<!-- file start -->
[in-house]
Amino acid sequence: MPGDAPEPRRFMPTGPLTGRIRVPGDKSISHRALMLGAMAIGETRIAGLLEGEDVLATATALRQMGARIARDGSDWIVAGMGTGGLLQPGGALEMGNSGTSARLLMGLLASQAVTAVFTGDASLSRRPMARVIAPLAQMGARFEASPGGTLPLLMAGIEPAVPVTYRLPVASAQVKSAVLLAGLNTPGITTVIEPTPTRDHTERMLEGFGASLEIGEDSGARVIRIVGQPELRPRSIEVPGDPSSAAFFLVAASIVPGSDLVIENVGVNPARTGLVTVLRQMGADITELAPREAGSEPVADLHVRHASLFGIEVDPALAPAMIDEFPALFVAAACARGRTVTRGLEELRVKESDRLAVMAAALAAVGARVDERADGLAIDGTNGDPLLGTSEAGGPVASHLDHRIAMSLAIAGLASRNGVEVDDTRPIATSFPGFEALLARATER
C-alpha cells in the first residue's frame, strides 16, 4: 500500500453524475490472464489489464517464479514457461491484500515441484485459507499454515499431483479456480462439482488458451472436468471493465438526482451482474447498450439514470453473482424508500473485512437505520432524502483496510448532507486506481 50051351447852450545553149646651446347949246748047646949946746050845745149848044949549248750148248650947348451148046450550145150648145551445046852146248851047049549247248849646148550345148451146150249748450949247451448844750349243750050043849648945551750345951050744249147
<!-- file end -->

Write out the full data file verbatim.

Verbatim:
[in-house]
Amino acid sequence: MPGDAPEPRRFMPTGPLTGRIRVPGDKSISHRALMLGAMAIGETRIAGLLEGEDVLATATALRQMGARIARDGSDWIVAGMGTGGLLQPGGALEMGNSGTSARLLMGLLASQAVTAVFTGDASLSRRPMARVIAPLAQMGARFEASPGGTLPLLMAGIEPAVPVTYRLPVASAQVKSAVLLAGLNTPGITTVIEPTPTRDHTERMLEGFGASLEIGEDSGARVIRIVGQPELRPRSIEVPGDPSSAAFFLVAASIVPGSDLVIENVGVNPARTGLVTVLRQMGADITELAPREAGSEPVADLHVRHASLFGIEVDPALAPAMIDEFPALFVAAACARGRTVTRGLEELRVKESDRLAVMAAALAAVGARVDERADGLAIDGTNGDPLLGTSEAGGPVASHLDHRIAMSLAIAGLASRNGVEVDDTRPIATSFPGFEALLARATER
C-alpha cells in the first residue's frame, strides 16, 4: 500500500453524475490472464489489464517464479514457461491484500515441484485459507499454515499431483479456480462439482488458451472436468471493465438526482451482474447498450439514470453473482424508500473485512437505520432524502483496510448532507486506481 50051351447852450545553149646651446347949246748047646949946746050845745149848044949549248750148248650947348451148046450550145150648145551445046852146248851047049549247248849646148550345148451146150249748450949247451448844750349243750050043849648945551750345951050744249147